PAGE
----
Question: In last month's Parish Bulletin you printed a speech by Charlton Heston. Although I agree with virtually everything he said, how can one be a good Catholic and be disobedient?
Answer: Mr. Heston's use of the word "disobedience" was, perhaps, unfortunate. Many people draw the simplistic conclusion that "obedience is good" and "disobedience is bad." Implicit in Heston's call to "disobey" is the truth that law and authority are hierarchical. When those lower in this hierarchy defy the orders of those above, one must "disobey" the lower in order to obey the higher. Ultimately, all authority and law, in the Church and in the state, come from God. "Disobeying" lower authorities who try to frustrate the law of God is nothing less than true obedience.
Lesser authorities can sin against higher authorities in several ways: they can order subordinates to do evil, or fail to order them to do necessary good; they can acquiesce to bad behavior in subordinates or in themselves, public bad example being a major cause of wider evil; they can deprive subordinates of the necessary means to do good or resist evil.
Much of what Mr. Heston spoke about concerned obligation to complain about officials who are not doing the job for which they are paid, and have sworn to do under oath. The Church and most states have legitimate laws on the books for dealing with those who commit or incite murder, mayhem, rape, robbery, and other such obnoxious behavior. Sometimes officials need to be reminded to enforce these laws, or that new laws are to be made only if they are in accord with higher laws. Sometimes they need to be reminded that common sense is a condition of further employment. And sometimes, as Heston points out, corporate officials need to be reminded of their position in the hierarchy of laws, just as much as the officials of Church or state.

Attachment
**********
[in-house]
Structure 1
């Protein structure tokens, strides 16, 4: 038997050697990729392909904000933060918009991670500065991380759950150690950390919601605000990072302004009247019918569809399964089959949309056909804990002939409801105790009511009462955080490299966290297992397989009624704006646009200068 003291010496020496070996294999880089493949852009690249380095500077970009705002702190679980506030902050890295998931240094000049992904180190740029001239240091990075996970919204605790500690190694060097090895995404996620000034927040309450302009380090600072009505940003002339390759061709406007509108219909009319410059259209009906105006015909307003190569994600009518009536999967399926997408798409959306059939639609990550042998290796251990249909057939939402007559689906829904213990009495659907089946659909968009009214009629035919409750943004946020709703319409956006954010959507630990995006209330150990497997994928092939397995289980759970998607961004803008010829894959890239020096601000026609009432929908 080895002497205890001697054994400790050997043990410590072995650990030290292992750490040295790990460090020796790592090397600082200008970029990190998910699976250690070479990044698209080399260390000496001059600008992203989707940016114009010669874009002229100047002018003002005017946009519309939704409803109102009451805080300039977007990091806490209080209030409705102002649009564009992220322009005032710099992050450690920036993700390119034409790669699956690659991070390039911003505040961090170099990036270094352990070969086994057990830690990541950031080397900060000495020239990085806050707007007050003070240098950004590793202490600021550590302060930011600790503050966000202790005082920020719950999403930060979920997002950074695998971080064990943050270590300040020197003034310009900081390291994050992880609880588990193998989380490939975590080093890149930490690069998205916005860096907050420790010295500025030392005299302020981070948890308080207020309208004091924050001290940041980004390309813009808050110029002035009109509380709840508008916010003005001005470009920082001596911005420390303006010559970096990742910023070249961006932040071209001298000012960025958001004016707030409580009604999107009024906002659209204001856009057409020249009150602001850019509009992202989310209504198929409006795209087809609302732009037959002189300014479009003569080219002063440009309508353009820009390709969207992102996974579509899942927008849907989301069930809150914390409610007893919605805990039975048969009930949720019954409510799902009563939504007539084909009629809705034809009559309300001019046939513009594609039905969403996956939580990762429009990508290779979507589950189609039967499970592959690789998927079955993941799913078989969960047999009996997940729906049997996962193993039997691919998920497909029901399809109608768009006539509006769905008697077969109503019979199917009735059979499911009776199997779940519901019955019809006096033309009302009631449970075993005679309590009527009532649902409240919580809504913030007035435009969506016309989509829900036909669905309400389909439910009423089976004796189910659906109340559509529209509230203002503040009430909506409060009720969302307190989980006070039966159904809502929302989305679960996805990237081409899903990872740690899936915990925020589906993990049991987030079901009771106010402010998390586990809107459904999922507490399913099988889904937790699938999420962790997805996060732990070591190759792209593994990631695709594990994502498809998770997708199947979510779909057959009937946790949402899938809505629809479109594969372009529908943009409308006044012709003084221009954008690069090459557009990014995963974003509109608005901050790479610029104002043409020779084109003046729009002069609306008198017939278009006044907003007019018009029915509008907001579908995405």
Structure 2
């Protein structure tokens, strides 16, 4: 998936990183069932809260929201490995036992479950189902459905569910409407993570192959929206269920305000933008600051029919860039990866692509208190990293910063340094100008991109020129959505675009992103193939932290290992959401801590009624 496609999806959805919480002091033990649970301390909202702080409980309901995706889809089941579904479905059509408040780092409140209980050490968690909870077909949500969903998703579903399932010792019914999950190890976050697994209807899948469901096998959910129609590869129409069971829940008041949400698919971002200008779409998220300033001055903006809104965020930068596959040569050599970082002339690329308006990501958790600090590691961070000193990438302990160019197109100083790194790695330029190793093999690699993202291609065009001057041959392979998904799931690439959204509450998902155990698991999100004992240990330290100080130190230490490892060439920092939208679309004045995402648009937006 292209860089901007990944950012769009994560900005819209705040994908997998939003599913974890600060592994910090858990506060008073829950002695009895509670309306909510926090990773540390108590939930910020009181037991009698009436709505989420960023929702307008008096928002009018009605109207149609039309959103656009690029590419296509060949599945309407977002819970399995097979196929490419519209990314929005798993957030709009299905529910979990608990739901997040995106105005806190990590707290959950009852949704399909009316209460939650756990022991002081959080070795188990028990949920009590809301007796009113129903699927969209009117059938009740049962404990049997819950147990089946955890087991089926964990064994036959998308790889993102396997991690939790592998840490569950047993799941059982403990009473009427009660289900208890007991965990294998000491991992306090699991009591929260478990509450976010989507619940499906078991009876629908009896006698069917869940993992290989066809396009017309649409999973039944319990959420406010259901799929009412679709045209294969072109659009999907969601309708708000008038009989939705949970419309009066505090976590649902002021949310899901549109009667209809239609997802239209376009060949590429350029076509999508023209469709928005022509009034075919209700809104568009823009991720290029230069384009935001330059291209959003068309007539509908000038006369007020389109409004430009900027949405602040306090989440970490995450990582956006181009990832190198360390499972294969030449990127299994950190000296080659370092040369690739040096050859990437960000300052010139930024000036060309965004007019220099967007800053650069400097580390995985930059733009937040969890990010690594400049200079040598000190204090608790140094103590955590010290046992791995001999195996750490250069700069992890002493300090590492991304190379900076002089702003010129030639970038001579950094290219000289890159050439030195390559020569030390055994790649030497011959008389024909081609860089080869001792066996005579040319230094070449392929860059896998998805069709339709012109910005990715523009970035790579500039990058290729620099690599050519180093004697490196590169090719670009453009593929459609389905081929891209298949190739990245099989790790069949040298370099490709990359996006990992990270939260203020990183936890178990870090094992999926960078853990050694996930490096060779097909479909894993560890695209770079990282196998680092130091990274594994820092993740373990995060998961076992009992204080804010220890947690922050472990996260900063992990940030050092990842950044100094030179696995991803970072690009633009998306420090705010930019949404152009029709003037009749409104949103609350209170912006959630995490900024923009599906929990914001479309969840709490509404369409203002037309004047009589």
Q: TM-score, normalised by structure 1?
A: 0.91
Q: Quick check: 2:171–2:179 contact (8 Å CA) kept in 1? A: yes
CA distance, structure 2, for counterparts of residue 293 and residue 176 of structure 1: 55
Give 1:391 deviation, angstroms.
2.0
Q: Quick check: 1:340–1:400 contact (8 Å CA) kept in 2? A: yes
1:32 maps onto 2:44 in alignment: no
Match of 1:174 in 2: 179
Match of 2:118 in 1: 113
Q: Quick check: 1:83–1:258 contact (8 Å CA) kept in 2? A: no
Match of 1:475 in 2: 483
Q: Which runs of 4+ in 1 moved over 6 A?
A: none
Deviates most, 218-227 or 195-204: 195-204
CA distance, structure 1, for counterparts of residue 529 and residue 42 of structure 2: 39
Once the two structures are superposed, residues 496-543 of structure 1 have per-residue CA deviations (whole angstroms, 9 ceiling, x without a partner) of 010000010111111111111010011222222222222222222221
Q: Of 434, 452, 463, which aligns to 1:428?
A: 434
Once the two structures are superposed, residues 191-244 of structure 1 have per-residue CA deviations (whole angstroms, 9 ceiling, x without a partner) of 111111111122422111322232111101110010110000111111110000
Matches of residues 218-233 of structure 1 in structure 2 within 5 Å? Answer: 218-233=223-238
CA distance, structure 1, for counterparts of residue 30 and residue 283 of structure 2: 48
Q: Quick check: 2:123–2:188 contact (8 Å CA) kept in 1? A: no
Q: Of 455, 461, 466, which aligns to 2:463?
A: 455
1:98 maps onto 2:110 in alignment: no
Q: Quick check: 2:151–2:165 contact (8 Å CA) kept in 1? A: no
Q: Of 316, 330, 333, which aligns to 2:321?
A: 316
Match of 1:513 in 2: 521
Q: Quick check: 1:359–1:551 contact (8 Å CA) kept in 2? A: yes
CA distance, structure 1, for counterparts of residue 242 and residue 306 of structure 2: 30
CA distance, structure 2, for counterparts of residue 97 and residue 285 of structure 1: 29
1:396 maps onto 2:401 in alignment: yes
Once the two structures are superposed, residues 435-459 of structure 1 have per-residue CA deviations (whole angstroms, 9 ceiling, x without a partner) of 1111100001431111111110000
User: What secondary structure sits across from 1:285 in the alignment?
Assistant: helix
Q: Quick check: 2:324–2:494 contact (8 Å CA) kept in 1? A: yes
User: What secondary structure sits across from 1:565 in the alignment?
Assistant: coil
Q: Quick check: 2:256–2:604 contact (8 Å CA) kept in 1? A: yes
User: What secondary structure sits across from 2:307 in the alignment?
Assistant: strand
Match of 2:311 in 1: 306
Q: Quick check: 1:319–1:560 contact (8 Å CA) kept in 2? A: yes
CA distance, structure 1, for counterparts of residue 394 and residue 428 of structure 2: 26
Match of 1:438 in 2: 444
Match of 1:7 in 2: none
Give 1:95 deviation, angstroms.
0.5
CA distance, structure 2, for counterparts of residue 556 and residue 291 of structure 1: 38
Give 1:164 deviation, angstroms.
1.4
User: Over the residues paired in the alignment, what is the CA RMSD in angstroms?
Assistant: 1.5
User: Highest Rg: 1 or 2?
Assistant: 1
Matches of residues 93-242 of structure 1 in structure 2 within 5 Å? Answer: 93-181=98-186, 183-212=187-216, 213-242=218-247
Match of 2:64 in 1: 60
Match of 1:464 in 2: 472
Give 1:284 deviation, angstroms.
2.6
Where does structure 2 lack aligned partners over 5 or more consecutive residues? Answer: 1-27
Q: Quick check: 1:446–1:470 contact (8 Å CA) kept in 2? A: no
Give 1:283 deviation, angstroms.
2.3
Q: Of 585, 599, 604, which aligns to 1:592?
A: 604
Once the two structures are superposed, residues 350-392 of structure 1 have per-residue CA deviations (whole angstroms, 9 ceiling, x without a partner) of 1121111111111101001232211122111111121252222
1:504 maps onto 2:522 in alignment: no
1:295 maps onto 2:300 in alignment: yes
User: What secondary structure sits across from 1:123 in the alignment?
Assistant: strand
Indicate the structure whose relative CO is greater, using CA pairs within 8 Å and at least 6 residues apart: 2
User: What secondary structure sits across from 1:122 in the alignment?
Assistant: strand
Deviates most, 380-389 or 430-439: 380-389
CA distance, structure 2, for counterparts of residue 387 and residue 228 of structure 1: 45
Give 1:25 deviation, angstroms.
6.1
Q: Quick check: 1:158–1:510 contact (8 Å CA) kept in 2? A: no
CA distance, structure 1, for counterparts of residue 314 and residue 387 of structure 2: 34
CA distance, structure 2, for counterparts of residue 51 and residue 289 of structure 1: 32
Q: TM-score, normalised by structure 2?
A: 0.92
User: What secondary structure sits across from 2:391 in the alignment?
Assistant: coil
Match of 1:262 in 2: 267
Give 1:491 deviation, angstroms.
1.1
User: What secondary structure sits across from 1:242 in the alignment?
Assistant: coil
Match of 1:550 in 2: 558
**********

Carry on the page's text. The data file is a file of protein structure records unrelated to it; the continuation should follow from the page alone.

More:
Heston's speech was not a call to revolution or anarchy, but rather a return to "the rule of law" in the proper sense of that term. Catholics should recognize the obligation of fraternal correction in order to "win their brothers," just as Americans should recognize the need for an informed and active citizenry to secure the rule of constitutional law.
It goes without saying that standing up for the higher law against lesser authorities is not something to be done lightly. It is necessary, first of all, to know what the higher law has ordered. Just as Catholics are constantly exhorted to know their Faith and to form their consciences by it, citizens must make an effort to know and understand the fundamental laws of their state. Just as an elementary school knowledge of Baltimore Catechism #2 is inadequate for being an adult Catholic, having read the Constitution once in the seventh grade is inadequate for being an adult American.
Any exercise of what Heston calls "disobedience" ought not to occur without prayer and a firm resolve to follow the higher law faithfully one's self. It would be foolish to pretend to speak for God without consulting Him, or without being willing to keep the law in one's own actions.
It must be remembered that the objective it to bring about the rule of law as peacefully as possible. The ability of Church or state to govern under law must be safeguarded, not undermined. Letters to editors and officials, the support of good candidates, and conscientious use of the ballot box must come before any more radical methods.
Sometimes the price of legitimate disobedience is high. But being in the good company of martyrs and patriots is among the greatest of rewards for believers and citizens.